3 of the most delicious dishes you can prepare out of the pike you’ve caught



Even though in some cultures and countries, pike is a less popular fish to eat, I personally find great pleasure in preparing some dishes out of it. That’s why I came up with the idea of writing an article about the three most common recipes I currently use when preparing pike.

Cooking pike the right way isn’t particularly difficult in spite of the fact that I have noticed that some of my friends used different methods. One of my personal favorites is creating a pickle out of the pike that I have caught. While to some, this idea might seem somewhat unappealing, it really is a tasty fish and the neat thing about this cooking method is that the bones tend to get softer, which is why you won’t be forced to pick them out all of the time. In some respects, pickled pike is like pickled herring, although I’ve seen that there are several variations on the same theme.

For my pickled pike recipe, I use salt, water, cider or white vinegar, mustard seeds, about one third of a cup of sugar, allspice, peppercorns, bay, some onion and the peel of one lemon. I start by making the brine, which basically means is that, depending on the amount of pike I have available, I’ll boil some water with the salt so that it dissolves evenly. Once the salt has dissolved, I add the vinegar or the cider, the spices and the bay leaves, and simmer them for several minutes. I then leave the pike pieces in the brine overnight. It’s like making jam, in a way, because the next morning, you’ll have to take that pine out of the fridge, put it in jars and pour the vinegar solution on top. While you can consume the pickled pike after just one day, I like it once a week has gone by. So, all you have to do is seal those jars and wait for all the magic to happen.

The last two recipes I’d like to talk about are simple, which is why anyone can prepare them, whether they’re experienced or not. Either you roast the pike in the oven or prepare it in a pan. You can add everything you want, but I prefer using some butter, lemon juice, and some salt and pepper. Something that I would like to add is that I usually avoid feeding my kids pike because it’s too complicated to handle and they have little to no patience when it comes to picking the bones.

The BBC website, as well as many others, have various categories that go into great detail with regard to preparing pike, in general. There’s even a thread on a Jamie Oliver forum about the same topic. All you need to do is do a bit of research on your own, provided that you’re keen on eating the pike that you have caught.

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My favorite lures for catching pike



When the sky shows the stars aligned just right, we get the feeding window for pike opened. At that perfect time, the pike will definitely hit any moving object in the water. It won’t even matter which bait you use. The best fishing lures for pike include the following:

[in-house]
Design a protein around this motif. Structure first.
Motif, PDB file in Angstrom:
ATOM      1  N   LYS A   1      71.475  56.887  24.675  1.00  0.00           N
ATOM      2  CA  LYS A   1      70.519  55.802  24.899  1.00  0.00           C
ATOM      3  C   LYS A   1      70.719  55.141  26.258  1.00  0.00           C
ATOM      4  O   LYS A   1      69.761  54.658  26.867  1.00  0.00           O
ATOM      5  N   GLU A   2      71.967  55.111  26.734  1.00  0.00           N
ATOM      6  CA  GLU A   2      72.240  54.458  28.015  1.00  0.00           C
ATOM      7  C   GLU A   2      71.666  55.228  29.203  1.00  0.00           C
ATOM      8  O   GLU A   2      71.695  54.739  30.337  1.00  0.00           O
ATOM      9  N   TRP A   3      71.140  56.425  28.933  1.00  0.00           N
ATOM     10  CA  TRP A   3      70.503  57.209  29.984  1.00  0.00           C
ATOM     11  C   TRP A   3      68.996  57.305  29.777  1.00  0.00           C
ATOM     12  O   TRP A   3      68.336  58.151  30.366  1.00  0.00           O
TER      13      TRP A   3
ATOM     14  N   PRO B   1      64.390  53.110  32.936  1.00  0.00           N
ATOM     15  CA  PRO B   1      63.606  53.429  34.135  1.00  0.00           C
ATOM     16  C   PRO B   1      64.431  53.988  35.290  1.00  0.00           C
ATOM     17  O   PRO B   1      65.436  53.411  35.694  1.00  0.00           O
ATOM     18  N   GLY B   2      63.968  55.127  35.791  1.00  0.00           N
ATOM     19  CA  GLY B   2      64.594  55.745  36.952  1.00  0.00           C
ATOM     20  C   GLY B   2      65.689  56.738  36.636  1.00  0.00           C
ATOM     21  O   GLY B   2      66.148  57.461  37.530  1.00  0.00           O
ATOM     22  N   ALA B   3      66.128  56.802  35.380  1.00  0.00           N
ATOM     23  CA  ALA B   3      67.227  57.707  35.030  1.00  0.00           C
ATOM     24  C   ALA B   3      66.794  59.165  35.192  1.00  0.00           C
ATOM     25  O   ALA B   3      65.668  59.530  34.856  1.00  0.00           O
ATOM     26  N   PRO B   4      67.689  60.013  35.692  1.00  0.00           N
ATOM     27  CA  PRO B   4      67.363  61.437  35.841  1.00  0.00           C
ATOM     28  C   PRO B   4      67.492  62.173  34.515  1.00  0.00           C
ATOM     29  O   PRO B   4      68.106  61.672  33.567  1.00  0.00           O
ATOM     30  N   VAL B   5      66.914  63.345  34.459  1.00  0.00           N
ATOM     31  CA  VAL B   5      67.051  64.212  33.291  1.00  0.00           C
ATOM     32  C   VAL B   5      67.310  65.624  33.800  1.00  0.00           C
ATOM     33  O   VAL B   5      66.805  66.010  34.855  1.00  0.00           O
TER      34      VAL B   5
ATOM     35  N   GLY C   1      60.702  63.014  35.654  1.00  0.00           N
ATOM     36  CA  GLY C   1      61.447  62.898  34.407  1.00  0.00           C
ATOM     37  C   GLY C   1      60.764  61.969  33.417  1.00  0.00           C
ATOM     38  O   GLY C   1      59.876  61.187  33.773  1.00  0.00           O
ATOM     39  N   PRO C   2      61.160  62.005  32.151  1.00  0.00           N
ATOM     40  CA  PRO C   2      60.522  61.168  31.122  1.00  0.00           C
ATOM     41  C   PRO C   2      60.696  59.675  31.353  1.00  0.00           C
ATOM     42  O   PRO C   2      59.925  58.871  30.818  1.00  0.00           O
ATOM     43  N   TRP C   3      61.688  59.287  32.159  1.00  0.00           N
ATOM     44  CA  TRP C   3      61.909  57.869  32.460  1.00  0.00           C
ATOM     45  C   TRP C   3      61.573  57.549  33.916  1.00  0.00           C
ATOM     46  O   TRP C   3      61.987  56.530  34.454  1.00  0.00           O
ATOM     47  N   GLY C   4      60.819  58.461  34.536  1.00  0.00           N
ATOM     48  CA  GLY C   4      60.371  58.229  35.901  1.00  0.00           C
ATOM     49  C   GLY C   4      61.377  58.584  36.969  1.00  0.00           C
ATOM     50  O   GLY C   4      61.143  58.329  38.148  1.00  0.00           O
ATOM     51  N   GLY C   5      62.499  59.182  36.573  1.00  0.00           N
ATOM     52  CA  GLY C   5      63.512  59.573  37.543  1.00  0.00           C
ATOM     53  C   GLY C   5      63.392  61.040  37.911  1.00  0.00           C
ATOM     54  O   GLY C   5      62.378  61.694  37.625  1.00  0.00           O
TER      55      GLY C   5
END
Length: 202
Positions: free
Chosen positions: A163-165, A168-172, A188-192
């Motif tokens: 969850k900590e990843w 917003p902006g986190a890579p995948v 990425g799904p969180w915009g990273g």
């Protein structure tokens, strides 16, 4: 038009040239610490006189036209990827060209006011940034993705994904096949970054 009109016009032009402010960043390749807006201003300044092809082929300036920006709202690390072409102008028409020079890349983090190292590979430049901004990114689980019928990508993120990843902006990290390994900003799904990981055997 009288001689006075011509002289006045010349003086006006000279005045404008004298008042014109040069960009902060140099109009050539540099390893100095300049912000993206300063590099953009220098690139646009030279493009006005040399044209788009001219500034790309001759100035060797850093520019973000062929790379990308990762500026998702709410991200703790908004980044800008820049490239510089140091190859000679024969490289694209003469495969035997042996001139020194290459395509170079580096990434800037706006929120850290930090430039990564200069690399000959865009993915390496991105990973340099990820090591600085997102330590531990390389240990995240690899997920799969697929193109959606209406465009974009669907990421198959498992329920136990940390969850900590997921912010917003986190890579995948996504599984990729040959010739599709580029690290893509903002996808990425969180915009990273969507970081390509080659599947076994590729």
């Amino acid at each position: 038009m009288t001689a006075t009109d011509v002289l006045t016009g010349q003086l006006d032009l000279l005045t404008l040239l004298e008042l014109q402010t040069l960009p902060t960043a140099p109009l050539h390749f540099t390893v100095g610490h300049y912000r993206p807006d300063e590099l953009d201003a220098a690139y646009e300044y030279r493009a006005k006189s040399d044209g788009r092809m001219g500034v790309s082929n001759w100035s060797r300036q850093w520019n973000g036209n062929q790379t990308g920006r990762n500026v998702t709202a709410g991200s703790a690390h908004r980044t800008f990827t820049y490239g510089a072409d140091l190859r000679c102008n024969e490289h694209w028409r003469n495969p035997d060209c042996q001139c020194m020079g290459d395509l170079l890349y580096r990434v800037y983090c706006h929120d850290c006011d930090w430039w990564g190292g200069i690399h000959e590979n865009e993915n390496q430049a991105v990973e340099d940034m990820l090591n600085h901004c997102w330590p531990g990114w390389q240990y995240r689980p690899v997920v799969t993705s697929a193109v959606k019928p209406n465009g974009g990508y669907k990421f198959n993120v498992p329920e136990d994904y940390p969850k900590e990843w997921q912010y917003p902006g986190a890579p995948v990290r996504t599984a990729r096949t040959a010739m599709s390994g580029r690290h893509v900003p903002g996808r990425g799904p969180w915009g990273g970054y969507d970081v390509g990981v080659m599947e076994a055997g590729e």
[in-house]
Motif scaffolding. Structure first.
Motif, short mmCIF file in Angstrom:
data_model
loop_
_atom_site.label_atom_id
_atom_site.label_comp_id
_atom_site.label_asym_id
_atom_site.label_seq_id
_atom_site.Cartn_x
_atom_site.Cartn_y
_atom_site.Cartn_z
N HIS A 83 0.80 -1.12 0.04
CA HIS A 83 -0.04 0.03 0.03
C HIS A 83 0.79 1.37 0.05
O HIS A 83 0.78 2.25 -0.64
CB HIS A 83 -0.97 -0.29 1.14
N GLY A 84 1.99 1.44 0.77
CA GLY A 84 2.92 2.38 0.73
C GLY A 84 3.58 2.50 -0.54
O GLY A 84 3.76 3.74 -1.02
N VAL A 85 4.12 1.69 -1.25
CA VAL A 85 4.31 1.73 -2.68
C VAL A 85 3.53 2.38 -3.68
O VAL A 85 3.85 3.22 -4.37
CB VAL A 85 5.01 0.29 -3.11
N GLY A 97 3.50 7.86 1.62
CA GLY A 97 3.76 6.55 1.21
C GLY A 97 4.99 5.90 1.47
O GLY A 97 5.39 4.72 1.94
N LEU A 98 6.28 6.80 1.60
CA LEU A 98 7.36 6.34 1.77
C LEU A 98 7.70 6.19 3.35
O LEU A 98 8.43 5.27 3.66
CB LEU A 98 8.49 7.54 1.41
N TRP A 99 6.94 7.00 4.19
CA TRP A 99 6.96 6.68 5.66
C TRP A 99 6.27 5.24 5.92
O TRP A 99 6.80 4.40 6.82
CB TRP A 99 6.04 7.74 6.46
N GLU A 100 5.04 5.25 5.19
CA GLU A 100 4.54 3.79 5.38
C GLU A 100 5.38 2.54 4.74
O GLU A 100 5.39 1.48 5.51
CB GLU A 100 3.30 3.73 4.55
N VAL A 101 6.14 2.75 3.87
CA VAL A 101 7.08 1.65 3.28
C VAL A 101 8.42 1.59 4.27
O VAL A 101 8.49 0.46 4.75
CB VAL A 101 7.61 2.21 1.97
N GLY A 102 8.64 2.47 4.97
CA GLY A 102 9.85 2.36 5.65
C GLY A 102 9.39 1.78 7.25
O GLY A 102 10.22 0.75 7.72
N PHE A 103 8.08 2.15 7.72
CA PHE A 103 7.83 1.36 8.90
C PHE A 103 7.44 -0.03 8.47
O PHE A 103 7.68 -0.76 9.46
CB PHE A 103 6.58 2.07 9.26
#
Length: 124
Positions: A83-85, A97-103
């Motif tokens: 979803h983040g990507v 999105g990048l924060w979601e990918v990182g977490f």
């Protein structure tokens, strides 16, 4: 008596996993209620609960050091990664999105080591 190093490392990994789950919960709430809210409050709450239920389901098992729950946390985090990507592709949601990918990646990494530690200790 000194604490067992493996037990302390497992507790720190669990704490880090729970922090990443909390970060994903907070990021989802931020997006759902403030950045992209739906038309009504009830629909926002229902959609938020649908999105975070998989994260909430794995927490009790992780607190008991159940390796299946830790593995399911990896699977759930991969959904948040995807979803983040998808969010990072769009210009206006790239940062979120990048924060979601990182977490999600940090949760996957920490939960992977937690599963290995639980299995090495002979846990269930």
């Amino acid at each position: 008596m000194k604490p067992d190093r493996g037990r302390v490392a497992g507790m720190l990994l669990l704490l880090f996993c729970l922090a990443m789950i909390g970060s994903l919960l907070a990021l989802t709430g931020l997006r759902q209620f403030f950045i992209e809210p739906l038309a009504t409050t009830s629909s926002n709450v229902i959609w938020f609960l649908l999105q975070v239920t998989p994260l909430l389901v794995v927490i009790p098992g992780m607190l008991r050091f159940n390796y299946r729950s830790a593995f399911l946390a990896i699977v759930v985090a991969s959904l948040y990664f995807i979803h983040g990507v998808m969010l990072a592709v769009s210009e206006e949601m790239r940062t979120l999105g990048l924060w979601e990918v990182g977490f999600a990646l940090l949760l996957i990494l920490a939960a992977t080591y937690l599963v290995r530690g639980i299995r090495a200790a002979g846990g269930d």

The Heddon Rattlin Spook Fishing Lures produce sounds that imitate fleeing baitfish in a panic. Darting and zigzagging like confused pike prey, the lure features a revolutionary sound chamber where all the attractive noise to a pike is generated. The sound chamber encases 10 tungsten Buzzbaits or BBs. This cutting-edge device comes with a sharp Mustad Triple Grip treble hook that ensures solid hook setting. The BBs amplify and intensify the sound. The special sound chamber enables easy production of smooth and easy walk-the-dog retrieves.


The ultra-tough BOOYAH® Pikee™ Spinnerbait is precisely geared to target muskies and northern pike. Equipped with amazing durability via the super-strong Vibra-FLX .45 wire, this spinnerbait can withstand the punishment of being taken inside a mouth filled with sharp teeth. The lovely 84-strand Silo-Tek skirt provides an amazing level of undulating action as the spinnerbait moves through the water current. The jeweler-grade plated double willow blades work nicely with the Silo-Tek skirt and Vibra-FLX wire to create plenty of enticing clattering movement and vibration that will have the pike biting in no time. This spinnerbait is designed to fight right out of the box thanks to the 12-inch steel leader.

The Blue Fox Vibrax Super Bou comes equipped with free-turning brass gear that also generates sonic rattles and vibration while rubbing against the bell. The thin, high-vibrating blades serve as a signal to entice the pike to bite. The Marabou hackle and Flash Bou fibers work together to move with undulating action to make this bait move realistically. The small sleek design comes with one hook rigging for effortless delivery over shallow cover. The larger profile body of the two-treble hook size mimics midseason mature bait to excite the fish into a feeding frenzy. This spinner operates at 2 to 6 feet deep thanks to the inline blade design. The through-wire boasts stainless steel construction as well as top quality VMC® hooks for lasting use.

The Mepps® Double Blade Aglia® spinners work amazingly well with Penn Battle spinning reel + an Ugly Stick like this one and are designed perfectly for trophy northern pike as well as largemouth and smallmouth bass and early season muskie. Engineered to deliver additional fash via the dual blades, this lure offers increased color intensity in the spinning dual blades even if they are of contrasting or identical hues. A unique sound is generated through the twin blades that also create greater vibration compared to just a single blade. This also ensures more buoyancy for easy fishing over weeds and other challenging water structural elements.



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